Online training for counselors of animal abusers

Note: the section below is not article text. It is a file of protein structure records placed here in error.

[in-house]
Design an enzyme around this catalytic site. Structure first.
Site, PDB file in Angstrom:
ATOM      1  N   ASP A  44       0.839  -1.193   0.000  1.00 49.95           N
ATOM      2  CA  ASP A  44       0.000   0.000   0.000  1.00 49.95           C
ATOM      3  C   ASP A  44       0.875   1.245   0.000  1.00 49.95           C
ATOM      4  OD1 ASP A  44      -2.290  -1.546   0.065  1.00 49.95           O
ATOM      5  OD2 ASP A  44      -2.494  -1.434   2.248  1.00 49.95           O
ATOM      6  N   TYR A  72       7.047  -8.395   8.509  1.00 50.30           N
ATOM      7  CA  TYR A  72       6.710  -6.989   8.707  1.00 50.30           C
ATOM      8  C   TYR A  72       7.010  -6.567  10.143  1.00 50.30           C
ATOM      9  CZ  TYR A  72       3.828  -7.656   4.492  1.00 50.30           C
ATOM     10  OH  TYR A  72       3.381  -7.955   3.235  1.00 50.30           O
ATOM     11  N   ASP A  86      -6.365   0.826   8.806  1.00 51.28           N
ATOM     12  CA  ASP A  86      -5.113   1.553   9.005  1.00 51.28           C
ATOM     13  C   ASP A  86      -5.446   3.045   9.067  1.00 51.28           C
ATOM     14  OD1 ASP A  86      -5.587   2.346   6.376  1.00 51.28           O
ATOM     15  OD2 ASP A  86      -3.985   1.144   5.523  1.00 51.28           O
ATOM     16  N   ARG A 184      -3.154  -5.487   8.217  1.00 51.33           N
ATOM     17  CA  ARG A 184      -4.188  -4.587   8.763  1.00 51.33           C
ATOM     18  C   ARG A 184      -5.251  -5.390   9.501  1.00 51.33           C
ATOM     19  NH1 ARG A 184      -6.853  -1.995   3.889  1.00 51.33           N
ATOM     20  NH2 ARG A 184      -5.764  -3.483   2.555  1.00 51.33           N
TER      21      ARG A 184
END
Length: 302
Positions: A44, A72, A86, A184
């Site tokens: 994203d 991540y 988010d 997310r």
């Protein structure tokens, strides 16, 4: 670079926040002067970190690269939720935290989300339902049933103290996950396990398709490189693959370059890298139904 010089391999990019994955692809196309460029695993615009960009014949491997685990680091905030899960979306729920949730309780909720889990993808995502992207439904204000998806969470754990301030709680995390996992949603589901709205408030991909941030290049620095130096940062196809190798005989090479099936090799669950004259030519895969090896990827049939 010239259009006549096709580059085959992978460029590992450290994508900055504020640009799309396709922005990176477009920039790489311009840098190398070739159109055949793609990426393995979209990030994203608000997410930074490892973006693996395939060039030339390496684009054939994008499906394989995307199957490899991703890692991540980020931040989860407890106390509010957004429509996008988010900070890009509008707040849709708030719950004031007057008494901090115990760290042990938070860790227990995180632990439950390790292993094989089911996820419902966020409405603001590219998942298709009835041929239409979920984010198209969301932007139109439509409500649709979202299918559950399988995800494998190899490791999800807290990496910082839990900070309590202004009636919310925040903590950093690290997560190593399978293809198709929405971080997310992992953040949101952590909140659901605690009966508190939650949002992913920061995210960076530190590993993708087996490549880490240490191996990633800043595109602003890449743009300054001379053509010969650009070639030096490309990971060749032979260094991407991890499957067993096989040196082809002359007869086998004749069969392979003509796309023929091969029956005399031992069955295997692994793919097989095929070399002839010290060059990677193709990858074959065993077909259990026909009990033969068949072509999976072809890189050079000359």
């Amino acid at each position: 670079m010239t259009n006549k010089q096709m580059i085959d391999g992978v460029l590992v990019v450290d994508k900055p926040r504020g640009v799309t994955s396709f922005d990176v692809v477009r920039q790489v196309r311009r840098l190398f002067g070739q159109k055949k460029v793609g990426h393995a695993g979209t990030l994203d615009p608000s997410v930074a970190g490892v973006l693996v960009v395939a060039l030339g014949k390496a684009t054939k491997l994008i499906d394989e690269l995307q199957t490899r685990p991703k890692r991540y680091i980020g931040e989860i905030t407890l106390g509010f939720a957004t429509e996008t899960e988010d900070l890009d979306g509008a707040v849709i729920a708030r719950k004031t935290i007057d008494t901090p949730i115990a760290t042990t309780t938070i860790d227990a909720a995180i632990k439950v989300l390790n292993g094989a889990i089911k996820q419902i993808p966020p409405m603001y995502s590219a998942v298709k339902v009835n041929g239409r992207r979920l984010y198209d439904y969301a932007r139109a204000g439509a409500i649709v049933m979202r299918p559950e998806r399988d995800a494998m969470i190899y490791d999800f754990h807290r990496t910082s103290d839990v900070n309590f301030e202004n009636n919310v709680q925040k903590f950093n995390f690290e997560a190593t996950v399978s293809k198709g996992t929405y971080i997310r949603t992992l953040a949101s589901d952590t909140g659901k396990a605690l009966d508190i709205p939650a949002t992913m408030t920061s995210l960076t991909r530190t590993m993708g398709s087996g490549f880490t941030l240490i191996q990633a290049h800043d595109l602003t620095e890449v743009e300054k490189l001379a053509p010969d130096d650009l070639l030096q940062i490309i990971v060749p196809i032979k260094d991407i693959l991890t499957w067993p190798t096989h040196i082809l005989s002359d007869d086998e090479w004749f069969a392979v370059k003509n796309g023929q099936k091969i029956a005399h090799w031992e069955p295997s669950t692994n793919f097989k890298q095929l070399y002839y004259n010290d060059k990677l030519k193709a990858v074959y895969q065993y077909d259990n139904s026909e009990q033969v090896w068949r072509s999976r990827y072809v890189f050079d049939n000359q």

<p>According to a study published last year, abusing animals is considered a manifestation of low empathy and a callous disregard for life, and it also could be an indicator of violence toward humans. Those who are caught abusing animals could face criminal charges – and, in a growing number of states, counseling and evaluation also are required for all persons convicted of animal cruelty.</p><separator></separator><p>ASU’s School of Social Work has teamed up with the Animals and Society Institute (ASI) to offer, beginning this fall, online professional education for the practitioners who deal with this type of deviant behavior. Anyone with a master’s degree in an area related to health and human services can enroll in a non-credit certificate program or an advanced certificate program. Professionals with a bachelor’s degree can take selected courses for continuing education credits.</p><separator></separator><p>The courses cover human-animal relationships, as well as assessment and treatment of animal abusers.</p><separator></separator><p>This unique cluster of courses addresses the growing demand for specific assessment and counseling for the individual who tortured animals, and also that individual’s parents and immediate family members. The courses will be taught by ASU’s Christina Risley-Curtiss, associate professor of social work, and Kenneth Shapiro, ASI’s founder and executive director.</p><separator></separator><p>Risley-Curtiss has more than 20 years of practice and management experience in public health and child welfare and conducts funded research on the animal-human bond and child welfare. Her course, “Animal-Human Connections,” earned a national award from the Humane Society of the United States, and she is a fellow of the Oxford Centre for Animal Ethics.</p><separator></separator><p>“Since my early childhood on a farm in Connecticut, where my father and grandfather practiced veterinary medicine, I have been attuned to an ethic of compassion for animals,” Risley-Curtiss says.</p><separator></separator><p>While conducting a national research survey of social workers to assess their knowledge of their client’s relationships with animals, she identified a gap in practitioner knowledge that she continues to pursue with this new program.</p><separator></separator><p>“When an animal is harmed intentionally, this deviant behavior may point to child abuse, domestic abuse or elder abuse in the perpetrator’s immediate family and other serious behavioral problems,” she says. “First responders and professionals brought into these situations can be much more effective if they are armed with the knowledge and training we are offering.”</p><separator></separator><p>Shapiro, who is director of the Animals and Society Institute, earned a doctorate in clinical psychology from Duke University and is best known for helping develop AniCare, a national model for training professionals how to assess and treat animal cruelty, which is part of the advanced certificate requirements. He is founding editor of Society and Animals: Journal of Human-Animal Studies and co-founding co-editor of the Journal of Applied Animal Welfare Science.</p><separator></separator><p>Each certificate program requires two courses out of the three offered, and the advanced certificate also requires completing the AniCare training program. Each course is $900. For more information, visit the Web site <a href=""></a>.</…;